Top U.S. executives call for an America-wide privacy law

CEO’s of some of America’s biggest data-using companies have urged U.S. lawmakers to implement a national data privacy law.

The 51 executives say this will protect their businesses from state privacy laws and defend consumer privacy.

The bosses signed an open letter from the trade group Business Roundtable, that was sent to Congressional leaders.

Business leaders joined forces to make the request from companies such as Amazon, AT&T, Bank of America, Comcast, Dell, General Motors, IBM, Qualcomm and Salesforce and all want the privacy legislation to be fast-tracked into law.


Critics however claim the bosses merely want a soft America-wide law to protect them from tough privacy laws set by individual states.

A lot of businesses make money by selling customers’ personal data to online advertisers. A privacy framework with too many teeth could prevent companies from selling on certain types of data.

A few states, such as California, have decided to implement their own privacy laws.

The California Consumer Privacy Act (CCPA) for instance, is due to be rolled out in January next year.

Business Roundtable (BRT) is a non-profit association based in Washington, whose members are chief executive officers of major U.S. companies. Unlike the U.S. Chamber of Commerce, whose members are entire businesses, BRT members are exclusively CEOs.


Business Roundtable outlined several suggestions on how national privacy should be addressed, including protocol for data breaches and uniform privacy practices for all companies.

In their letter, they said: “Consumers should not and cannot be expected to understand rules that may change depending upon the state in which they reside … Now is the time for Congress to act and ensure that consumers are not faced with confusion about their rights and protections based on a patchwork of inconsistent state laws. Further, as the regulatory landscape becomes increasingly fragmented and more complex, U.S. innovation and global competitiveness in the digital economy are threatened.”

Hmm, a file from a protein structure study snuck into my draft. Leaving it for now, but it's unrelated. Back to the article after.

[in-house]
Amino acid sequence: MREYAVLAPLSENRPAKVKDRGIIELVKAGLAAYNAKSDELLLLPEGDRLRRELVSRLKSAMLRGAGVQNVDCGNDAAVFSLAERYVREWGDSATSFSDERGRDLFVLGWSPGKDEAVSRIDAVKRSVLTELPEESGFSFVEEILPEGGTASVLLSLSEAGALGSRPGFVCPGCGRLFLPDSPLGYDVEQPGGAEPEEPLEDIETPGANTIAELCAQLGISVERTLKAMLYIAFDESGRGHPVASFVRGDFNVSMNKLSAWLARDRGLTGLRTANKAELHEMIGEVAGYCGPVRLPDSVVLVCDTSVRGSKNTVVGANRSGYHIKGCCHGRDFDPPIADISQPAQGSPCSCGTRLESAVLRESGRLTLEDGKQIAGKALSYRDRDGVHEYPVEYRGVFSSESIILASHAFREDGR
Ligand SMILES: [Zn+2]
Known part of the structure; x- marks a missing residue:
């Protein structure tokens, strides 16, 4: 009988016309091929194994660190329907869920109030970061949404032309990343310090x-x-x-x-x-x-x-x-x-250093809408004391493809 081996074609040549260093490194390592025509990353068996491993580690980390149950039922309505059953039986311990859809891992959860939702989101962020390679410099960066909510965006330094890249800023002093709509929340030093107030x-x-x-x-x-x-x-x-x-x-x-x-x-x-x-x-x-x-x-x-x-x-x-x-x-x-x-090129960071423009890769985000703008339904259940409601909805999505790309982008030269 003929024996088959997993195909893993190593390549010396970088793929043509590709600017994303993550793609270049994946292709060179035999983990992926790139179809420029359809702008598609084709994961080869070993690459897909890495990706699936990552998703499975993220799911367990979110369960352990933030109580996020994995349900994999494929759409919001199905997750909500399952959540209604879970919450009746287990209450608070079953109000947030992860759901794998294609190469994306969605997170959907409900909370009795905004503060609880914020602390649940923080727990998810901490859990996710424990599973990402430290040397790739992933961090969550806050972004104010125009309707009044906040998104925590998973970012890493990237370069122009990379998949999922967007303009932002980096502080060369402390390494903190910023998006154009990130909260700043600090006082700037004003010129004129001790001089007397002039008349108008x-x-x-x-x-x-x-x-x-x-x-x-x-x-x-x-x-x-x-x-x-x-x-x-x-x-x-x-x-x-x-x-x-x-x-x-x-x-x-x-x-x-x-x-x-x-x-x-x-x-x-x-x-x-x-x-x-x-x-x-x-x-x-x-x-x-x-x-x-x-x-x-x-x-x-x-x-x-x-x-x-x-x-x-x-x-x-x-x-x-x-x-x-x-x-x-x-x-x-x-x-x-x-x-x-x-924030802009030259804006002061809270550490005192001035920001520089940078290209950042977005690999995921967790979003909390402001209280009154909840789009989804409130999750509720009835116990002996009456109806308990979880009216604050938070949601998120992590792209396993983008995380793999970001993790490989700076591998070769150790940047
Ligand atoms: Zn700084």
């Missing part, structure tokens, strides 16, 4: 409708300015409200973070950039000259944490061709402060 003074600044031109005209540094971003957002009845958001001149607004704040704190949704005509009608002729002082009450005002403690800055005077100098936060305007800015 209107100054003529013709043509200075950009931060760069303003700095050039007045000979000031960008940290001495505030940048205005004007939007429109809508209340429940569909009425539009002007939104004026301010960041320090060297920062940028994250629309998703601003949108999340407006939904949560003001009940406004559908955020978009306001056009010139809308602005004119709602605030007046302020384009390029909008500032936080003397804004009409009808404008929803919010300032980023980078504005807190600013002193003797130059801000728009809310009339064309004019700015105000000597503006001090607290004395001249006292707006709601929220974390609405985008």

When the GDPR was introduced in Europe, global businesses were forced to comply with tougher privacy laws.

But as is seen with the CCPA, different nations and states are moving to introduce their own rules, creating an increasingly fragmented landscape of privacy legislation.

Research carried out by Gartner, found that by June this year, several states had introduced draft laws similar to the CCPA in scope and impact. Those laws would apply to 40 per cent of the total US population.

The CEOs are concerned that a patchwork of differing privacy regulations that are currently being passed in multiple US states, and by several US agencies, will have dire consequences for consumer privacy in the U.S.


They want to see a cohesive privacy law that gets rid of the current sporadic privacy regulations which is creating problems for their companies.

They must comply with an ever-increasing number of laws across different states and jurisdictions, which they claim, causes a multitude of problems.

Instead, they are calling for one law that governs all user privacy and data protection across America, which would simplify data management, product design and compliance.

The Business Roundtable has also released its Framework for Consumer Privacy Legislation which provides a detailed roadmap of issues it wants to a federal consumer privacy law to address.

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